These days, more than 80 per cent of us live in the suburbs, even the Queen. In 1981 her cousin, the Hon Margaret Rhodes, then living in Devon, was looking after her husband, who had cancer and needed to be close to a London hospital. ‘I was up at Balmoral and we were riding on the hill ponies,’ Rhodes recalled. ‘She turned round in the saddle and said, “How would you like to live in suburbia?”’ The Rhodeses soon moved to the Garden House in Windsor Great Park, just down the road from one of the world’s top suburban castles.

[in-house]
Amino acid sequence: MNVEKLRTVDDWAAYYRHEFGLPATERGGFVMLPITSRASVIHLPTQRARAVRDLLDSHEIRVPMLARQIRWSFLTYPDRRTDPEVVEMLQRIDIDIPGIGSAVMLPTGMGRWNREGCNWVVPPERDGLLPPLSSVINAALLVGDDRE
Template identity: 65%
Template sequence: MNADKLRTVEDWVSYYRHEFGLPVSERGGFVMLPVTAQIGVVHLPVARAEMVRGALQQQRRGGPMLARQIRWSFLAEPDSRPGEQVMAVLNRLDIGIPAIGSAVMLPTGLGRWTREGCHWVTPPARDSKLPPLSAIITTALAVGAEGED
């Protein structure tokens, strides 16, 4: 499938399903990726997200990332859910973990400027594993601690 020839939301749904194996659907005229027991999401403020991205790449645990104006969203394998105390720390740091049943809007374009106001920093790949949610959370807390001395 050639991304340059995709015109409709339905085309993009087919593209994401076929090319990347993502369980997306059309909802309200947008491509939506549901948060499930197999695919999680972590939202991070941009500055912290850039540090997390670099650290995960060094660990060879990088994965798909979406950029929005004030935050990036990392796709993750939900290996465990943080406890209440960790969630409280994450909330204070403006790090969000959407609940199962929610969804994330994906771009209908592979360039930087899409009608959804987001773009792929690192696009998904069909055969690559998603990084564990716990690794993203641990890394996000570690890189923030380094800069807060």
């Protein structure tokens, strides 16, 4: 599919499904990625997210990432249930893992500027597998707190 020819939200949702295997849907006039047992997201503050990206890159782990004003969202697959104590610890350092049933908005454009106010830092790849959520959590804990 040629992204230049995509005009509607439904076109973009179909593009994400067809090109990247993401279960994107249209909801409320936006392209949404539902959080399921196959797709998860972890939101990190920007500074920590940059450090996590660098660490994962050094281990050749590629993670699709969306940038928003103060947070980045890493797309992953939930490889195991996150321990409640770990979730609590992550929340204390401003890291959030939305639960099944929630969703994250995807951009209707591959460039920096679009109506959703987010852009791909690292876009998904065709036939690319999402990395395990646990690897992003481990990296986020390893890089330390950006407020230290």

Still, for a largely suburban country, we’re peculiarly self-loathing about suburbia. Even George Orwell, who praised the classlessness of the new suburbs, recoiled at the restless, cultureless life they apparently fostered. The snobbery continues into the modern age, deepening the metaphorical connection between suburban values and a safe, twee, chintzy